Fairhaven Water Pollution Control Facility - Executive Summary
Executive Summary |
The Town of Fairhaven Water Pollution Control Facility works in conjunction with the Fairhaven Fire Department to assure all chemicals used at the facility are stored and handled in a safe manner. The facility uses one ton cylinders of chlorine to disinfect wastewater. The maximum amount of chlorine on site is three thousand eight hundred pounds. Any chlorine leak in the building is detected by chloralerts, and an immediate alarm is sent to the Fire Department.
In addition to our partnership with the Fire Department, we also receive annual refresher training on the use and storage of chlorine from our supplier, Jones Chemical. Each year an employee is sent to our facility to review the safe handling of chlorine. We also have a service contract with Bailey-Fisher Porter for our chlorine delivery system. Each year Bailey reviews the system with Town personnel. This review includes tank switchover, chloralert detection systems, and proper use of the system a
s a whole.
Our facility is a secondary wastewater treatment plant. We receive an average of two and a half million gallons a day of raw wastewater from the towns of Fairhaven and Mattapoisett, Massachusetts. We use conventional secondary treatment to remove organics and inorganics from the wastewater. We dispose of our byproduct, biosolids, through liquid hauling to an outside facility. As a final step in the treatment process, we add chlorine to the final effluent to eliminate fecal coliform. Our average use of chlorine is fifty pounds per day. We currently add chlorine during the months of April through October, as mandated by our National Pollutant Discharge Permit from the federal government. We are currently looking into the use of an ultraviolet light system to replace the use of chlorine. We hope to have that system in place within the next two years.
The worst case scenario presented in this report was calculated using the RMPcomp program and the EPA's RMP Guidanc
e for WasteWater Treatment Plants. We simulated a gas release of two thousand pounds. The release rate of two hundred pounds per minute yields a distance to endpoint of 1.30 miles. This would affect a resident population of approximately 500 people. There is an elementary school, a shopping center, office buildings, and a recreational bicycle path within this area.
The alternative scenario was also constructed using the above mentioned tools. This scenario involves a one square inch puncture of a tank, during delivery, with a resulting liquid release. The calculated values yield a distance to endpoint of 0.80 miles, and would affect a resident population of approximately 200 people. This scenario would impact the same structures and recreational areas mentioned above. We selected this scenario because it seemed the most likely to occur at our facility.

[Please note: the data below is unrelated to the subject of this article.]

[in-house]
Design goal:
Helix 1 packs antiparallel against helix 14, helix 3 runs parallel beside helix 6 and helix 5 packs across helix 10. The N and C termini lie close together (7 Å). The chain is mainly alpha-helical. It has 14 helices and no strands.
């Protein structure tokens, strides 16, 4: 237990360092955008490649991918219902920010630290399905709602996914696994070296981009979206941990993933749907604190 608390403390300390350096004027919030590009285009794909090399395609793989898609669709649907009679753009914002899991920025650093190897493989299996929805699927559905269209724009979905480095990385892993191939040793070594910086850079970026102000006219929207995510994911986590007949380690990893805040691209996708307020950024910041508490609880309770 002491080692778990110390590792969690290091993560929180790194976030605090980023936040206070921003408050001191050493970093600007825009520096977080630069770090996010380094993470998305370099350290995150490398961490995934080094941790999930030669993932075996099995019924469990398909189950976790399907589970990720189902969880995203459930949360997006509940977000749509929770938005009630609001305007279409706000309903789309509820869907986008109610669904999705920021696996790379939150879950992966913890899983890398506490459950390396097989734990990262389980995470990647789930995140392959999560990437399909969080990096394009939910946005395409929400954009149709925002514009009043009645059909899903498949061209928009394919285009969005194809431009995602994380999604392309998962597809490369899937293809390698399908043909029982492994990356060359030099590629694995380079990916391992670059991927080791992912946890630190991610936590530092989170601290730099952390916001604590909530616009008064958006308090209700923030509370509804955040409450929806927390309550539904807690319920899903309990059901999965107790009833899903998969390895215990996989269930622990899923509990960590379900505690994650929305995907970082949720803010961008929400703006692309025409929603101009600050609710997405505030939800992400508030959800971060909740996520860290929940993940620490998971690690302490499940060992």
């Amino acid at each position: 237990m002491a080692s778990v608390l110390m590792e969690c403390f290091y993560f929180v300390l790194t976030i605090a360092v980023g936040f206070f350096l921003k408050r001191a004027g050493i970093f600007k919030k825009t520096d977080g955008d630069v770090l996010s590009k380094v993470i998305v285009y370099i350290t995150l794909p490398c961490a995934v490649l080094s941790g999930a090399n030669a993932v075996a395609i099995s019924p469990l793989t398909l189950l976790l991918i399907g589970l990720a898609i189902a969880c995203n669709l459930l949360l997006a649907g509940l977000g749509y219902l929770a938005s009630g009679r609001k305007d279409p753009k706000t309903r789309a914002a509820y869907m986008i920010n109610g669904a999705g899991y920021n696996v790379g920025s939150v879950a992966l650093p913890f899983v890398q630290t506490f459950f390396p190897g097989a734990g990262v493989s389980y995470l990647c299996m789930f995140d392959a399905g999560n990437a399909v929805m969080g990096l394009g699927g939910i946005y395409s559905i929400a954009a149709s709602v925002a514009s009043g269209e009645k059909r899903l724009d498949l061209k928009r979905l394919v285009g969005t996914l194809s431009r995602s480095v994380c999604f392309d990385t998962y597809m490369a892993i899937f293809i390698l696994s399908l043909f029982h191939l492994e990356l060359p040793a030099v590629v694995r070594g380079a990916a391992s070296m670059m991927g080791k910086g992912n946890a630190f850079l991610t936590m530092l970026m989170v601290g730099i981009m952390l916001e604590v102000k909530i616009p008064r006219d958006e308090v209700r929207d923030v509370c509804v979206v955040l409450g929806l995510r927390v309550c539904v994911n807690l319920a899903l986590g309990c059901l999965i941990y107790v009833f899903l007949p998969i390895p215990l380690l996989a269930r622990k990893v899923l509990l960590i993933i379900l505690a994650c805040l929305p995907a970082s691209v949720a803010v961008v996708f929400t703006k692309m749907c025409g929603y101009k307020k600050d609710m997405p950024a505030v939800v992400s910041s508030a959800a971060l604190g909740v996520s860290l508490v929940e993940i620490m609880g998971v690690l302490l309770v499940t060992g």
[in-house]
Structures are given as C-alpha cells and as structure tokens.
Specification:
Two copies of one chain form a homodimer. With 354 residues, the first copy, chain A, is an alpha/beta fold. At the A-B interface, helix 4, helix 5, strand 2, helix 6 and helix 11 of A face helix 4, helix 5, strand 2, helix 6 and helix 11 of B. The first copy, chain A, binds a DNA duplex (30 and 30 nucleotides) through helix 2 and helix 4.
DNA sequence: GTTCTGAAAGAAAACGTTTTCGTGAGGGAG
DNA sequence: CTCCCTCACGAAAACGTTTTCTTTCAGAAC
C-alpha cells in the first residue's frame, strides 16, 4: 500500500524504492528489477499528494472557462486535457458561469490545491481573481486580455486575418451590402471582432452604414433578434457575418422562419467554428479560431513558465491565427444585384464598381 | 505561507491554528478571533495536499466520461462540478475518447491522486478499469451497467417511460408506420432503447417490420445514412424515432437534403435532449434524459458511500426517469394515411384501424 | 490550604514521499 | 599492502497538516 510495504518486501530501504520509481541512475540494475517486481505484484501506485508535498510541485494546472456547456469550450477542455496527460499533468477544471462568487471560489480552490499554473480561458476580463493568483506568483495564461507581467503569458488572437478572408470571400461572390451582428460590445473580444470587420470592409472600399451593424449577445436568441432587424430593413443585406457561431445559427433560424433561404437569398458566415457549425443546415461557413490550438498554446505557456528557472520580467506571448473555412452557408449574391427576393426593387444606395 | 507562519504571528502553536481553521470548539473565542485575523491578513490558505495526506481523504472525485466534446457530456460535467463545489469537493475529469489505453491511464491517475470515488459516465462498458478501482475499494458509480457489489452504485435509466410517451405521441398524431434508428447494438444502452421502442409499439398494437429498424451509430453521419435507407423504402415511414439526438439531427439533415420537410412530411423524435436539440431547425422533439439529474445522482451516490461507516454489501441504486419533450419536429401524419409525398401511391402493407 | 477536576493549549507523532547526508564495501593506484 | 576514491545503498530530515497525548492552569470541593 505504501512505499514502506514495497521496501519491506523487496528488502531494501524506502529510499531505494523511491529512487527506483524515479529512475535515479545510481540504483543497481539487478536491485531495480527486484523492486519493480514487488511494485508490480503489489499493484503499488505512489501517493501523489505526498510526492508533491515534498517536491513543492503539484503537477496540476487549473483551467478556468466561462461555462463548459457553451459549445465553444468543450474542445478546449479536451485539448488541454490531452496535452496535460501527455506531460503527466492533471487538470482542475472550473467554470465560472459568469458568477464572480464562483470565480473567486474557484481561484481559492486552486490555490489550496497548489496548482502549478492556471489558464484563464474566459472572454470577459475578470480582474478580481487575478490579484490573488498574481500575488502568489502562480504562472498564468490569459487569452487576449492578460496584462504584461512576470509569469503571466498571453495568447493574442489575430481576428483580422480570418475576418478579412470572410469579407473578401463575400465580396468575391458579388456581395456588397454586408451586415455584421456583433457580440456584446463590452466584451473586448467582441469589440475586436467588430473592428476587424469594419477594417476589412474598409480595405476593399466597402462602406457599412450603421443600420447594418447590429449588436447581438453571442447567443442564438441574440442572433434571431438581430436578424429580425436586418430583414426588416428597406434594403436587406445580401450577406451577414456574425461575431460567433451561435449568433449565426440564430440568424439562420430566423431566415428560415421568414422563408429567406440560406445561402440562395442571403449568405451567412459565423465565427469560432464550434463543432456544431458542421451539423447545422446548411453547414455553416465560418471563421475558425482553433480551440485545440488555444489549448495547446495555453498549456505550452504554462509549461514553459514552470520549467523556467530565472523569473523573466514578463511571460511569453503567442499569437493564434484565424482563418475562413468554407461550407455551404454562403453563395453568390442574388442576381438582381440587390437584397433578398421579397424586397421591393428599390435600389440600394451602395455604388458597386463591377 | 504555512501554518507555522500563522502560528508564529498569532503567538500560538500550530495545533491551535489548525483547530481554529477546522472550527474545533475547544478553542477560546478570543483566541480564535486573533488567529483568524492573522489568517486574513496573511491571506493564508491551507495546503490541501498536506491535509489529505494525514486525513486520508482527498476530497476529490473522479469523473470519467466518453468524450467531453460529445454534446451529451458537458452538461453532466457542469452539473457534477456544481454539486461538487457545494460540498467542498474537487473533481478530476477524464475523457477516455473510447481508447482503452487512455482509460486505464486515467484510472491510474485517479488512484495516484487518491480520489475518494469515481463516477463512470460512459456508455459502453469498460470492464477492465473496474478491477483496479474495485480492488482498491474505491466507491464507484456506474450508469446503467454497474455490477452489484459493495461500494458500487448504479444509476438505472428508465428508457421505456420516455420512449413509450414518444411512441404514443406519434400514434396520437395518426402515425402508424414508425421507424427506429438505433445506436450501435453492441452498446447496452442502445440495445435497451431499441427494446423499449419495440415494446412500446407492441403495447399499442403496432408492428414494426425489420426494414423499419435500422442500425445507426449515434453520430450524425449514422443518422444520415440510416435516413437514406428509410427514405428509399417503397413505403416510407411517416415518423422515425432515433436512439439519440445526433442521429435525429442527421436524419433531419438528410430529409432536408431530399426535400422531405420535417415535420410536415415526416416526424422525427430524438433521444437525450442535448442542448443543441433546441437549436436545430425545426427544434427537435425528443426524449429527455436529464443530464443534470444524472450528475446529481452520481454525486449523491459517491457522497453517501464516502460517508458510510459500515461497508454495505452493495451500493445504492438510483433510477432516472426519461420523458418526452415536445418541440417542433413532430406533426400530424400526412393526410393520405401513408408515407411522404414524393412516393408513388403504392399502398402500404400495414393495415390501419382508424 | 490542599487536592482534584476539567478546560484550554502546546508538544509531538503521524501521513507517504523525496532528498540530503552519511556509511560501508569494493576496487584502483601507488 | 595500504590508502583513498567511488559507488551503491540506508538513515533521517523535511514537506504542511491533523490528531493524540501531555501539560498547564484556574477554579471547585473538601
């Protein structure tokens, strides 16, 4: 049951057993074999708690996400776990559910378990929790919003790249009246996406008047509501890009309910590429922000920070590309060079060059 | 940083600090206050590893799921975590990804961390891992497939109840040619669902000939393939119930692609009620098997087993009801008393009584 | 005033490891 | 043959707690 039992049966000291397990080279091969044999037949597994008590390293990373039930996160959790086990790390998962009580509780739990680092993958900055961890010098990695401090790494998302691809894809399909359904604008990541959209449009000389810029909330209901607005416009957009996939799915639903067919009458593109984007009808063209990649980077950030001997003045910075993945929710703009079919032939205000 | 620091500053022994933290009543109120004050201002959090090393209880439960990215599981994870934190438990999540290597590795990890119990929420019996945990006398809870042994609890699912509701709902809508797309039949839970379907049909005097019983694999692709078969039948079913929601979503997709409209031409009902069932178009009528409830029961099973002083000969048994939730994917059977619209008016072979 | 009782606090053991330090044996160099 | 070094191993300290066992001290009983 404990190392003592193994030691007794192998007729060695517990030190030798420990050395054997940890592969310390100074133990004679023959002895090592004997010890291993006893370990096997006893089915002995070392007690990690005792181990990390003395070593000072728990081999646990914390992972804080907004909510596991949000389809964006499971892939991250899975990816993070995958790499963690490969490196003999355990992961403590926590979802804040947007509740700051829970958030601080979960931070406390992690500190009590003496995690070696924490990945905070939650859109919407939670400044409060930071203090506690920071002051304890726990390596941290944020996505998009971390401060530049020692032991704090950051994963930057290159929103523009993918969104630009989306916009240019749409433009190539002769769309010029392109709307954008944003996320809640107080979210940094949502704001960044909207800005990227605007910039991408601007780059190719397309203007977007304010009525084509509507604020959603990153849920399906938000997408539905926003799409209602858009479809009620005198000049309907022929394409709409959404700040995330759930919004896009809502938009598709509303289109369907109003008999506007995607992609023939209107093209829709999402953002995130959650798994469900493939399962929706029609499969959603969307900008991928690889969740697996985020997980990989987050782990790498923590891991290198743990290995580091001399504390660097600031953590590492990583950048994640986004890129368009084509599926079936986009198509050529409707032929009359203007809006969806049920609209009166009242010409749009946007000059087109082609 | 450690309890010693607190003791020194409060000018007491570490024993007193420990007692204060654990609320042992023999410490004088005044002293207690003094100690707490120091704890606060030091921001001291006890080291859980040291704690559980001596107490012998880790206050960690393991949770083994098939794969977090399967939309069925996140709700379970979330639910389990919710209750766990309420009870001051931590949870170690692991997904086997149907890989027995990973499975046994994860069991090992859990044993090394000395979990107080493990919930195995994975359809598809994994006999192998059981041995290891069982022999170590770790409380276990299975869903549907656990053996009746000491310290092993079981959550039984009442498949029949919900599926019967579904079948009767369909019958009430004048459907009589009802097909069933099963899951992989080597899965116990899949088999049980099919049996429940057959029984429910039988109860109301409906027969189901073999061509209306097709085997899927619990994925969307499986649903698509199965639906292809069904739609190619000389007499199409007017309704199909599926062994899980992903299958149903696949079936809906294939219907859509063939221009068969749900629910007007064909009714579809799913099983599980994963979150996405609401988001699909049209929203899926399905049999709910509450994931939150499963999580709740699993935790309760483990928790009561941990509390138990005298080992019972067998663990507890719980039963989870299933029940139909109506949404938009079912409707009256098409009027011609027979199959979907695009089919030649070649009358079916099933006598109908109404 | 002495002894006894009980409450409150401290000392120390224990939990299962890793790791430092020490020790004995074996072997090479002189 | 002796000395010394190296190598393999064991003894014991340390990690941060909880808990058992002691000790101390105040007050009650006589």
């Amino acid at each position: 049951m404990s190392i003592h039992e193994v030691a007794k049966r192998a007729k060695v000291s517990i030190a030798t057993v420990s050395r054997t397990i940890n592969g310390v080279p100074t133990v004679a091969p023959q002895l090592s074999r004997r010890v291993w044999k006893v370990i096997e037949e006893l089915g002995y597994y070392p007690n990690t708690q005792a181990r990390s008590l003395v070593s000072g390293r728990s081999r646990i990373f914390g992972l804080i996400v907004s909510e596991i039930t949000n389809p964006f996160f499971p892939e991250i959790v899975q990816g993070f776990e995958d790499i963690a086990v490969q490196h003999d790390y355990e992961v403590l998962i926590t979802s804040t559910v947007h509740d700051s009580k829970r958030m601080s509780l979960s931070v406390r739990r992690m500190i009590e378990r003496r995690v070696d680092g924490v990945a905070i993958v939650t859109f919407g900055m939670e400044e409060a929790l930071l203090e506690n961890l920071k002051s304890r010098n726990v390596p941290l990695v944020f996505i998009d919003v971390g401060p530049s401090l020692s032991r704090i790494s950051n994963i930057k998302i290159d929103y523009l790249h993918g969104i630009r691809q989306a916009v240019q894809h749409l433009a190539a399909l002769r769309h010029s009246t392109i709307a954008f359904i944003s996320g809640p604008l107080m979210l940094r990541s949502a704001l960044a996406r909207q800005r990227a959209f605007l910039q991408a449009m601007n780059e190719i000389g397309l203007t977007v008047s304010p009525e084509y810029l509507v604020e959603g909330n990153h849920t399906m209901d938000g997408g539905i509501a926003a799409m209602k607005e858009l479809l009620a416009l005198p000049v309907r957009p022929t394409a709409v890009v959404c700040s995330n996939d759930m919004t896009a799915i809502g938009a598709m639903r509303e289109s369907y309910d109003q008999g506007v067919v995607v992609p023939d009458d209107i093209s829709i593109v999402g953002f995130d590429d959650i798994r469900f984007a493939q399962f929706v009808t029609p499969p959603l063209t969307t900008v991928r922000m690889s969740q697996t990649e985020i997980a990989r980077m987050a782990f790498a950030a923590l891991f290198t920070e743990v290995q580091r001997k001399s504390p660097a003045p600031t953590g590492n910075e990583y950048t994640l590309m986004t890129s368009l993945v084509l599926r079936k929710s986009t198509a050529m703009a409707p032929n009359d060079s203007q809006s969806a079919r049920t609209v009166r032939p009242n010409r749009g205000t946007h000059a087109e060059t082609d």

We believe that the safety practices of the staff at the facility would mitigate the above mentioned scenarios. We have chl
oralert systems in the building, which are tested weekly. These systems send an audible alarm, go directly to the Fire Department, and call plant personnel on an autodialer during unmanned hours. Plant and Fire Department personnel immediately respond to all alarms. We have the proper equipment to handle problems with the system. In addition the Fire Department has access to regional resources should the problem be beyond our scope. The Fire Department has prepared an emergency response program under which we would assist them. We receive joint training on the proper use of chlorine, and mitigation of problems.
All chlorine equipment and tanks are inspected on a daily basis. In addition our system supplier, Bailey Fisher-Porter, does a monthly check of the system. We are in the process of obtaining an empty one ton cylinder from Jones chemical upon which plant and Fire personnel would practice tank repair. Plant personnel have also attended seminars conducted by the Massa
chusetts Department of Protection regarding hazardous chemicals and confined space. Safety is considered first when dealing with chlorine at all times.
We have not had an accident at the facility in the past ten years. We hope to continue to enhance our training programs. All personnel are aware of the hazards involved and have been trained to respect chlorine. We yield to the Fire Department in any emergency situation, but assist as needed, in accordance with their plan.